I don’t usually post two days in a row, but I have some good news to share.
First, Reese’s CBC today is the best it has been since transplant! That’s right, her new marrow is really showing us what it can do. A CBC is her basic immune system information… her white blood cells, neutrophils, hemoglobin, platelets… Well, Reese has been engrafted and had neutrophils over 500 since mid May. But her red line (hemoglobin and platelets) have struggled over the past nine months. There have been many reasons for this, starting with VOD and ending with TMA. This is why she received red blood and platelets so many times. Today, both are in normal range, on their own! Her hemoglobin has been hanging out in the 9s the past couple months (which is low, but does not require transfusions.) Now, if you or I suddenly had hemoglobin in the 9s we would feel exhausted. But Reese has been living there so long, she is used to it. Today it was 11.6 (normal is 11.2-13.5.) Happy dance! Reese’s platelets were 148 (normal is 140-450.) They have actually been a little higher than that lately, but this is also a great number! Both fluctuate a lot, in everyone… so we need to look for trends. I’m hoping this is a trend upward that is here to stay! I am curious to see what my doctors think about these numbers, since we left on Friday thinking she may be having a small TMA flare.
Second, her albumin is 2.3!!!!
Ok, let me back up. This may seem normal to you. After we left the hospital a month ago, Reese’s albumin kept trending downward. You may recall that we wanted it to stay above 2.0. Well, it didn’t. Her albumin has been hanging out from 1.5-1.6. Because she isn’t symptomatic, it has been allowed, but watched. Well, her albumin started trending upward the day she came down with the stomach flu. Now, it is holding steady in the 2s, with an all-time (natural) high today of 2.3. (Normal is 3.1-4.8, but this is a BIG win and trending the right direction!!) Again, I’m not sure why this happened during a bout with the stomach flu, coincidence? Probably. I’ll be asking tomorrow, too.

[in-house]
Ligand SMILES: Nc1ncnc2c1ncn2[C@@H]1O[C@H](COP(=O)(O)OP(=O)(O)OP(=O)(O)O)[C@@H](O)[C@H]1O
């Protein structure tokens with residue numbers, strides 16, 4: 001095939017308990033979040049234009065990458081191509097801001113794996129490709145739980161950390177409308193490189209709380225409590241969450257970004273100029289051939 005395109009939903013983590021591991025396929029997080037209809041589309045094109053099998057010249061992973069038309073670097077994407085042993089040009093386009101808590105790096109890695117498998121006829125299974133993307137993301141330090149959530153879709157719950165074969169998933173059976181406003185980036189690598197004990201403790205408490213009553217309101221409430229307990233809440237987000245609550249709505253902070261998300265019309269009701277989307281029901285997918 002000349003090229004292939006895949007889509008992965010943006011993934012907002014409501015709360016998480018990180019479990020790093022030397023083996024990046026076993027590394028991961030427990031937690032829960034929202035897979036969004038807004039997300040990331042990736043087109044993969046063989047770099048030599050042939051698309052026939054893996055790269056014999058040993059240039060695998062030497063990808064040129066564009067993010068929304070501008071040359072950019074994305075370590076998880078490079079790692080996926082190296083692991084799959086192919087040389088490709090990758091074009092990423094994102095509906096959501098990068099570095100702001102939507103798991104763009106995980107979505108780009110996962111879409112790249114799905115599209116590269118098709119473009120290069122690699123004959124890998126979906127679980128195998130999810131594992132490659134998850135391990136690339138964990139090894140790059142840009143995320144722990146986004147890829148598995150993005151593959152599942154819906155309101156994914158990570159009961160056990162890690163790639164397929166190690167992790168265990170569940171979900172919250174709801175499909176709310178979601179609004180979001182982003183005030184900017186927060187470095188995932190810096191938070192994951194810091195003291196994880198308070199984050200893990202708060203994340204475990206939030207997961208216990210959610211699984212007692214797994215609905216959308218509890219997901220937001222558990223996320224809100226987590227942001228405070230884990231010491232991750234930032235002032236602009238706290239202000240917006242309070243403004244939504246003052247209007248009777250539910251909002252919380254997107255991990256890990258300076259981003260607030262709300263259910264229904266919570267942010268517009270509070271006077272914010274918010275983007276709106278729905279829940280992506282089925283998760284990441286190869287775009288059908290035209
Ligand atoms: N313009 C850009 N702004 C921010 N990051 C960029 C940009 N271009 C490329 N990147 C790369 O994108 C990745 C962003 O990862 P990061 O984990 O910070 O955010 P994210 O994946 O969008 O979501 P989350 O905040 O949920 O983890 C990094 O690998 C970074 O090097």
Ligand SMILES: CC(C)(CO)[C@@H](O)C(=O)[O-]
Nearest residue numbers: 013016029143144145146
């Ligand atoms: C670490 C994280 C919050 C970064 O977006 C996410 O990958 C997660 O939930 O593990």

Third, her function test of her t-cells came back. You may recall I said that they test t-cells for function once the CD4s hit 200. First, to put this in perspective, another little 4-year-old boy rang the bell the same day as Reese. He had a different leukemia, and his transplant was just a couple months ago. He has function, and he was cleared to go back to school last week. Reese’s course has been excruciatingly slow, even in the excruciatingly slow transplant world. Back to my story, I didn’t know this, but Reese’s function test WAS run at 190 a couple weeks ago. How happily surprised was I to see these result in my app! I will not pretend that I can explain this, I will just tell you that we are CLOSE. She is about 40% of control and the doctors want to see 50%. Go cells, go! To quote Reese, “I love my new cells.”
That’s my good news for the night.
Reese spent the day at the beach, admiring the Golden Gate Bridge from afar. We have strict instructions “not to cross any bridges” with her. We have to stay on this side of the bay. (There is too much traffic on bridges in the case of an emergency.) So for now, this is as close as we get to the Golden Gate Bridge. But someday, soon, she will cross. She did on April 17 with Quinn, right before she went inpatient for her transplant.